Methodology: We used a methodology which can best be described as “academic agile.” Our methodology included creating and testing a small prototype. This was reviewed by representative users across campus. We made revisions, tested, retested, until we were confident that the prototype represented a scalable solution. We then enlisted the Arts & Sciences department as our first live model. Again, we used the agile method of prototype, evaluate and scale, for each significant component. We enlisted the help of the A&S administrative assistants who would ultimately maintain their site. We tested in a variety of circumstances including a usability lab we’d created with the help of the Psychology department. Once the CMS was successfully rolled out in A&S, we repeated the process, working our way through the various departments and offices of the university.

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[Photo: richmond.edu]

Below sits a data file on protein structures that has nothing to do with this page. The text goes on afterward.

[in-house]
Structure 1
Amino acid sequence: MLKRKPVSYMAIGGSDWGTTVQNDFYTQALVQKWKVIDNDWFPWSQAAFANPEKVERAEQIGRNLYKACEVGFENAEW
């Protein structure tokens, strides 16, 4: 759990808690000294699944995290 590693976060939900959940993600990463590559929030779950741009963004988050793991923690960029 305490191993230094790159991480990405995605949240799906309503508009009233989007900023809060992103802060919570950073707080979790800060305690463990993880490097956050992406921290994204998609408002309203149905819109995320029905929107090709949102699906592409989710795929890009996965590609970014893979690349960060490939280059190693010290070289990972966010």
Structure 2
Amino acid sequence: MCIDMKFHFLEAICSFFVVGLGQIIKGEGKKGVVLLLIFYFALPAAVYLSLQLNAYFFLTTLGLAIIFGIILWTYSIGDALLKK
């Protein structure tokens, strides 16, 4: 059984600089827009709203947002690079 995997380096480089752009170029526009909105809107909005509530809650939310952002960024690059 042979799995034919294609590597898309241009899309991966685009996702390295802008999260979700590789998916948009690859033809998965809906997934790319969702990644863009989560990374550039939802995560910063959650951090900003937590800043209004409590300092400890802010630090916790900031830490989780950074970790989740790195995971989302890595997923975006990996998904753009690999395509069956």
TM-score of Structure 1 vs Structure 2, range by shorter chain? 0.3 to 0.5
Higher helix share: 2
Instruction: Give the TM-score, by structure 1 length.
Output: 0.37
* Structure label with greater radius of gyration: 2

Budget, Scope and Schedule: The first challenge was to explain to the university community what a CMS was (in the early days of web when we were still using terms like “webmaster” invoking the image of some techie hunched over a keyboard with too much caffeine in his blood). Therefore budget money did not flow in – we had to prove ourselves every step of the way. Initially, I carved out part of my budget to cover consultant costs, prototyping and initial roll-out in A&S. We persuaded the dean of A&S to contribute some of his funds to the effort. I knew that once we proved the value of the system, we would be able to secure funding for a campus wide effort and that in fact was the case. It was critical to draw a firm line around the scope of the project. With so many stakeholders and competing interests, it would have been chaos to run down roads that would have led to project destroying mission creep. Just as an example, the Director of Athletics wanted the capability to send box-scores to media outlets. And our schedule had to be sensitive to the university environment including exam schedules, summer break, and so on.